Why not cluster nuclear reactors on remote islands. Then run electric cables to the main grid. Expensive but at least the nuclear reactors are away from people if an accident occurs. Are there unpopulated islands to our south or east. Not in west PHL sea due risk of sabotage from China.

  • tadasolo

    Good time as long as it is implemented. The power business should be opened 100% to foreign companies for power generation only. For too long we have been bombarded by nationalistic fervor to protect the incompetence of local officials and made rich a few people and companies who are not subject to competition while subjecting the majority of Filipinos with high electric prices and unreliable power. 

  • http://pulse.yahoo.com/_DKHID3EEHTG27U5JXRIIUVKXQA Jose Rizal

    Electric transport when electricity rates are super high…
    Hahahahahahahaha!
    “DOE will/shall”…as always will be…promoting the inaction of Noynoy government…PPP and oligarchs all the way…
    Hahahahahahaha!

  • henry21

    here comes another reason for PPA….

  • tilney

    China and India are  the big users of coal has  drastically curtail usage of said fuel if we minimize the climate change. Philippines is more renewable energy dependent, where more than 50% use less oil and coal as fuel for power generating plants.Why not join China and India on Coal usage for power plants

    Wind Turbine and Solar are still too expensive for consumers and are not advisable because all of the investement will be passed to the consumers.. Coal is a cheap fuel for the Philippines since Hydro and Geothermal availabilty are limited.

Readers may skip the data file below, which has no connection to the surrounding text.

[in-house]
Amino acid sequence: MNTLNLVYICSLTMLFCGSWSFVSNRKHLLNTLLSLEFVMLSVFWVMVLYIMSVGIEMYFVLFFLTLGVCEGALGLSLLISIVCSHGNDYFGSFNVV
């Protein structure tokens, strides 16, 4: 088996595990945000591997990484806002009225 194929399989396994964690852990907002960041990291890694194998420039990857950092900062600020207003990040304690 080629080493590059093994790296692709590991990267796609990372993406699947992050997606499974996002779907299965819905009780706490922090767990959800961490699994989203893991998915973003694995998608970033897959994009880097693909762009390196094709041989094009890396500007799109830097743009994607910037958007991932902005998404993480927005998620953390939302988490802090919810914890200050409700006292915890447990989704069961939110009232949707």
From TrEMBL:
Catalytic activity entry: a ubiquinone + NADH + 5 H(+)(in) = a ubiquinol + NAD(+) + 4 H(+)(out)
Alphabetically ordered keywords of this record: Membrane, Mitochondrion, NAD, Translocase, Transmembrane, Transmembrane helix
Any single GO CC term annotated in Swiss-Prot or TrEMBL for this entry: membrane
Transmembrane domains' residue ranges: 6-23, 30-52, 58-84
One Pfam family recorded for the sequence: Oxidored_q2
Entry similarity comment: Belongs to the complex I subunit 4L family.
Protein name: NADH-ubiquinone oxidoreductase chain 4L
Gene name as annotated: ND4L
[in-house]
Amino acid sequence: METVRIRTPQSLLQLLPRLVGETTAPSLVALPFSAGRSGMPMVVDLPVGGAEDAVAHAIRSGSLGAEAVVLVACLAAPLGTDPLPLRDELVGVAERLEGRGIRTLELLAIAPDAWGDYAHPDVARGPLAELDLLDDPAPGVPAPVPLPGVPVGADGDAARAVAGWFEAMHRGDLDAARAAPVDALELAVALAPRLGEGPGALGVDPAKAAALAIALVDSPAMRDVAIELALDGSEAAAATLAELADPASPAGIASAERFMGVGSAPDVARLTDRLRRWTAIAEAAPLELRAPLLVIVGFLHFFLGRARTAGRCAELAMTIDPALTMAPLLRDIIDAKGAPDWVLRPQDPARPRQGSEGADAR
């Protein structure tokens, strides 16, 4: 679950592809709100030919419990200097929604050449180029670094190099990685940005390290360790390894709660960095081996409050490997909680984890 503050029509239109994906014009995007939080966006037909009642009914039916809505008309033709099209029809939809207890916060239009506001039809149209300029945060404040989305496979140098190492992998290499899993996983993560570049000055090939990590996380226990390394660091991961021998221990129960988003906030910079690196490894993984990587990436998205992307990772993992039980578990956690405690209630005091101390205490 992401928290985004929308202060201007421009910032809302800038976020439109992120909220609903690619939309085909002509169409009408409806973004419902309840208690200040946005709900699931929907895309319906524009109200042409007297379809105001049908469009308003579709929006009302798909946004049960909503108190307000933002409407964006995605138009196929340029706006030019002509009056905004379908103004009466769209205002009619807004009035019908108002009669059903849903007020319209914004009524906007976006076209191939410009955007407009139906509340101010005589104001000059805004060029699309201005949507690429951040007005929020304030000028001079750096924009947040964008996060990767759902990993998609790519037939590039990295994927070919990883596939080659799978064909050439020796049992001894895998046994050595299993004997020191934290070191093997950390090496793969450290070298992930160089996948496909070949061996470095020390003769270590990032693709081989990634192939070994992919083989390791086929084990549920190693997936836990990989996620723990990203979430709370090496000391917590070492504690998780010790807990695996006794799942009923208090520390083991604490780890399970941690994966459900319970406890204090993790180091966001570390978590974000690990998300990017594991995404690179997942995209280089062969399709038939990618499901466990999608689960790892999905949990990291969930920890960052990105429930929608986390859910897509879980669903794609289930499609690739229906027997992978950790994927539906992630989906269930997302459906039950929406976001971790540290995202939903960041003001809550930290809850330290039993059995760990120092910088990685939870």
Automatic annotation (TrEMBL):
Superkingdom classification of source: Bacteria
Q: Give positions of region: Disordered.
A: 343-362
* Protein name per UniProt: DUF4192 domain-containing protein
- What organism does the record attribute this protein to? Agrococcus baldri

• JasonBieber

    It’s not just the energy sector that needs investments it’s the whole entire country. The country has yet to see any major foreign investments with this current administration. They spent a lot of money traveling to Davos the other month but still we’ve yet to see any results in terms of investments.

  • WeAry_Bat

    What a big joke.  Low-carbon future but still going for coal which is more carbon than gas.

    At this point in time, everyone from Luzon, Visayas and Mindanao has tasted devastating floods from climate change.  Perhaps this summer, a dreadful drought. 

    Yet the persistence for coal in their program.  As if they have not been victimized by the weather, like they do not have any of the modern illnesses linked to so many artificial items in food, air and handled/contact materials.

    Maybe its because the ones who push for and gain on it are living in airconditioned homes on flood-free areas due to height.  They also can afford the freshest food.

    Perhaps climate change will level everyone down to native level, maybe that is where equality will be.

    • http://pulse.yahoo.com/_SFB5YVDI2R4WV4HWFV24GXLN5M Sam

      i dont think equality will happen in that level…it could even be worse

      • WeAry_Bat

         ok in that case, i will tip you off in the far future if we should start buying shotguns, and .45 cal pistols though the 1911A2-.22 TCM looks good, proudly Filipino-designed and made.

  • w33k3nd3r

    I hope this pushes through. We’ve been dependent on the OPEC for far too long when by comparison we can sustain ourselves with food and fruits the whole year round–they can’t eat gas~!